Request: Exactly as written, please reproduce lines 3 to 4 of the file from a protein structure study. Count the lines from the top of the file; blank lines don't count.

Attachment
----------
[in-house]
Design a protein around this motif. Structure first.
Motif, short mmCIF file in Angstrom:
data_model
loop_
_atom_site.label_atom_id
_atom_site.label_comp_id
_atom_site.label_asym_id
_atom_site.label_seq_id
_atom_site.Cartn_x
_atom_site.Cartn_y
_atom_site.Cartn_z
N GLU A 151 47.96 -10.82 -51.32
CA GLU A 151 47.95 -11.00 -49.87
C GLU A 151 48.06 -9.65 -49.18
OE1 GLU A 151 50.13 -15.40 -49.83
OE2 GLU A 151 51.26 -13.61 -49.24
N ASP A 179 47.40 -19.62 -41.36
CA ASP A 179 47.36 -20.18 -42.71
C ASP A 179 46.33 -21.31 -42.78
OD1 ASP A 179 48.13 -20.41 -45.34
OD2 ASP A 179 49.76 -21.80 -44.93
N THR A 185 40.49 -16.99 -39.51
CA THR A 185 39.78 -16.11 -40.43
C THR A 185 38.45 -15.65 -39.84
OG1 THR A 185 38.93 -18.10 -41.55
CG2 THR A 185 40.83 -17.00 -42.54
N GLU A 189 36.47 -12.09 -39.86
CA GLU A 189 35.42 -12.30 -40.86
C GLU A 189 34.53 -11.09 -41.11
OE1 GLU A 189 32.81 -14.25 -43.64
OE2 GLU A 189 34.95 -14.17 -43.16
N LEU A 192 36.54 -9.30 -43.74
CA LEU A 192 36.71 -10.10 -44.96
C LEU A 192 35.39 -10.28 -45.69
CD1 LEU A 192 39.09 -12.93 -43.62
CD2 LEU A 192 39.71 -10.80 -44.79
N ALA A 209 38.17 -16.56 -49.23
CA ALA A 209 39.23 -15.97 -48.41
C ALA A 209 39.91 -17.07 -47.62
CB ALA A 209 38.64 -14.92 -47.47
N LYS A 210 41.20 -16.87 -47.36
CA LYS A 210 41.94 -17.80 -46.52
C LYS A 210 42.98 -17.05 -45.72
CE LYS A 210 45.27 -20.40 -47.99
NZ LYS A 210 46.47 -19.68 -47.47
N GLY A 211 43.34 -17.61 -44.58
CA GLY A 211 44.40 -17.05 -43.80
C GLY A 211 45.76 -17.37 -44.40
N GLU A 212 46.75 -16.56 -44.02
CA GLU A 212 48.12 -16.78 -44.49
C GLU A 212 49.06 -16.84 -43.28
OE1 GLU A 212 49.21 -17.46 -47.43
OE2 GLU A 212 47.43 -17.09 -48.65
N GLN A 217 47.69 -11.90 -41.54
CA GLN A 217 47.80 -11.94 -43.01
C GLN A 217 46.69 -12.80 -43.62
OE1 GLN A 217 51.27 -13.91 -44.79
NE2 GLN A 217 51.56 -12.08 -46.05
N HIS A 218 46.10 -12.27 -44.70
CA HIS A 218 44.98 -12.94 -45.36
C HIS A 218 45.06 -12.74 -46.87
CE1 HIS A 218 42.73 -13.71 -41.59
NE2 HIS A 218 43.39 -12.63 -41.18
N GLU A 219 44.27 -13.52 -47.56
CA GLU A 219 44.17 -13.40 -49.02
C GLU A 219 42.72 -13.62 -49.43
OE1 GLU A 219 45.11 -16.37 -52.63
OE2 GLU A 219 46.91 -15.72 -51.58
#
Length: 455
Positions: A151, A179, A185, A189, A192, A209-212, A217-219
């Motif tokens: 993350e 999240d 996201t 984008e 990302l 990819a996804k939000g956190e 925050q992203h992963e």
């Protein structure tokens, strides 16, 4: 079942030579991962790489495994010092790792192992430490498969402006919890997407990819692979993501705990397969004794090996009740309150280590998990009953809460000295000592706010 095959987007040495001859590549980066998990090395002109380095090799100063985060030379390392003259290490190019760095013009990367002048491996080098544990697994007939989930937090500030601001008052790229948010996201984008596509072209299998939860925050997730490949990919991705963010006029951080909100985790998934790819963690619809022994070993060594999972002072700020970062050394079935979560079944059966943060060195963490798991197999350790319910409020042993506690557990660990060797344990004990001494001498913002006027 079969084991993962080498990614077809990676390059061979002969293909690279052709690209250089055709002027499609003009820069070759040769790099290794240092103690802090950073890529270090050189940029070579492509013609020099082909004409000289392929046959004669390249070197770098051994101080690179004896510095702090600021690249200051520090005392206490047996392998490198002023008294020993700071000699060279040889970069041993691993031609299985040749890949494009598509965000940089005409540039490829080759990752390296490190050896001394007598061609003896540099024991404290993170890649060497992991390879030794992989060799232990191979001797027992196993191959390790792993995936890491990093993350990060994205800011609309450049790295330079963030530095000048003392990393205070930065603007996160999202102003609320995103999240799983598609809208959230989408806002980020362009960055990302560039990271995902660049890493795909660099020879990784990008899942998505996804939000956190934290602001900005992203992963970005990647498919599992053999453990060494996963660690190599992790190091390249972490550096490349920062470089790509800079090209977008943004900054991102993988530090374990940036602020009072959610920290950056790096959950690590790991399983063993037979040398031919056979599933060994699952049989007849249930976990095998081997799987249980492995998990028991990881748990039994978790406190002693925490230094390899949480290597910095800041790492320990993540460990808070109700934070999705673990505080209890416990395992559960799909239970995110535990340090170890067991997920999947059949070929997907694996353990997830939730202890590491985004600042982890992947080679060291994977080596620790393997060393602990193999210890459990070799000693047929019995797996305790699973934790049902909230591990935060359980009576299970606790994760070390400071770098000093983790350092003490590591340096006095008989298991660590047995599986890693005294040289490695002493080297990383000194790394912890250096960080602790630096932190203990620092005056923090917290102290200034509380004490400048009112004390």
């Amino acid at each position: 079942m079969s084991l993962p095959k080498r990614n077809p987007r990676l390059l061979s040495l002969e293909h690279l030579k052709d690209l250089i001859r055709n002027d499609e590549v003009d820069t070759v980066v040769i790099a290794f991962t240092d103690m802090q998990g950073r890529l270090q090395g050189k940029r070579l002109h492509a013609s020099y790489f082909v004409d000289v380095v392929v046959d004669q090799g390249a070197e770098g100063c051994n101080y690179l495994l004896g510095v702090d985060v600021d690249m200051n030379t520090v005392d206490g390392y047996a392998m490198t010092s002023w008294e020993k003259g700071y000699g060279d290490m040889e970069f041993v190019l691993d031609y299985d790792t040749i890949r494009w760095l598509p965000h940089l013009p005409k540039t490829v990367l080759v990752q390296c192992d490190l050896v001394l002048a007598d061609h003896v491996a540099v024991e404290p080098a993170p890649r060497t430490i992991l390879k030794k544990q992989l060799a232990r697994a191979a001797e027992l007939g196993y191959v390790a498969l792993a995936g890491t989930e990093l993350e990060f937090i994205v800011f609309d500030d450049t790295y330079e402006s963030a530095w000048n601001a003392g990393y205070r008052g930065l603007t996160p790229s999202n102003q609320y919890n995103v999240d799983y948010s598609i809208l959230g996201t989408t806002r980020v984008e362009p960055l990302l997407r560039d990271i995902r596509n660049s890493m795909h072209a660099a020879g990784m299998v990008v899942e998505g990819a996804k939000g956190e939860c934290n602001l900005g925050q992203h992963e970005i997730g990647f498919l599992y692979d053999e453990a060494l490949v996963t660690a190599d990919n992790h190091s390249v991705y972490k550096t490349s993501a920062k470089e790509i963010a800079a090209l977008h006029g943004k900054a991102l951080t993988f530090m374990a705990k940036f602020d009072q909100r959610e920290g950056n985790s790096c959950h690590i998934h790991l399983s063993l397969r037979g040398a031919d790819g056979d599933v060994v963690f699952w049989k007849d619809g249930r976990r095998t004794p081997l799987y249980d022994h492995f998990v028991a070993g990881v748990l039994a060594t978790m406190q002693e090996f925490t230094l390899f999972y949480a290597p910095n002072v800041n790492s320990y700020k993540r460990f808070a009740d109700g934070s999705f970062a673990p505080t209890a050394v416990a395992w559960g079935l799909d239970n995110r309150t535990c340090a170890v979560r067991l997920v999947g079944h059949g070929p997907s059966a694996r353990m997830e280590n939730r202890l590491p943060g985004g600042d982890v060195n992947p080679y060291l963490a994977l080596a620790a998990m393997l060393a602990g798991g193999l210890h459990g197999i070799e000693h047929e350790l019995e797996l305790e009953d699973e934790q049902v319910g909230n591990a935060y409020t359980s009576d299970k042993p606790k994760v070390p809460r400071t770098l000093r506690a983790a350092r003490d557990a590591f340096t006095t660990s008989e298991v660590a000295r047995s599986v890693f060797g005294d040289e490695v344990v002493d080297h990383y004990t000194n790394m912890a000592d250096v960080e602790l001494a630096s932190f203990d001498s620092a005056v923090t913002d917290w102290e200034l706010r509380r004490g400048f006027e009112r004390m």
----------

Motif, short mmCIF file in Angstrom:
data_model